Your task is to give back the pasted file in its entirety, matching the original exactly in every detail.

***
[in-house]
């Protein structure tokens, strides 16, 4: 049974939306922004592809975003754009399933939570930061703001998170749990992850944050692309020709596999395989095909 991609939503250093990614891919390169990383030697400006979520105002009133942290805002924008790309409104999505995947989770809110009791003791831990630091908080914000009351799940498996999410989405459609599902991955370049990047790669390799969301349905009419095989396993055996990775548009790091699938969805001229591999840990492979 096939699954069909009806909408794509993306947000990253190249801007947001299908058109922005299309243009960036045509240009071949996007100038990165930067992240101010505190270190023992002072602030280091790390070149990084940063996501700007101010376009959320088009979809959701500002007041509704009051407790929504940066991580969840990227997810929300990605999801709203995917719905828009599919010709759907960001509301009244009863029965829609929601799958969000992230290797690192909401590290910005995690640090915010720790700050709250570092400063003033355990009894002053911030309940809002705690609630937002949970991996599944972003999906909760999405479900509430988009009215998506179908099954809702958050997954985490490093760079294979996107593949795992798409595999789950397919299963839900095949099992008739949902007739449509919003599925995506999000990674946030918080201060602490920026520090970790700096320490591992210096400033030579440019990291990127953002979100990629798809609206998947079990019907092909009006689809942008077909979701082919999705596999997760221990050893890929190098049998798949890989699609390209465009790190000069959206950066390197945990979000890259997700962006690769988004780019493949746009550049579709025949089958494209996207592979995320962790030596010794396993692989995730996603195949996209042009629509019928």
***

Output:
[in-house]
């Protein structure tokens, strides 16, 4: 049974939306922004592809975003754009399933939570930061703001998170749990992850944050692309020709596999395989095909 991609939503250093990614891919390169990383030697400006979520105002009133942290805002924008790309409104999505995947989770809110009791003791831990630091908080914000009351799940498996999410989405459609599902991955370049990047790669390799969301349905009419095989396993055996990775548009790091699938969805001229591999840990492979 096939699954069909009806909408794509993306947000990253190249801007947001299908058109922005299309243009960036045509240009071949996007100038990165930067992240101010505190270190023992002072602030280091790390070149990084940063996501700007101010376009959320088009979809959701500002007041509704009051407790929504940066991580969840990227997810929300990605999801709203995917719905828009599919010709759907960001509301009244009863029965829609929601799958969000992230290797690192909401590290910005995690640090915010720790700050709250570092400063003033355990009894002053911030309940809002705690609630937002949970991996599944972003999906909760999405479900509430988009009215998506179908099954809702958050997954985490490093760079294979996107593949795992798409595999789950397919299963839900095949099992008739949902007739449509919003599925995506999000990674946030918080201060602490920026520090970790700096320490591992210096400033030579440019990291990127953002979100990629798809609206998947079990019907092909009006689809942008077909979701082919999705596999997760221990050893890929190098049998798949890989699609390209465009790190000069959206950066390197945990979000890259997700962006690769988004780019493949746009550049579709025949089958494209996207592979995320962790030596010794396993692989995730996603195949996209042009629509019928």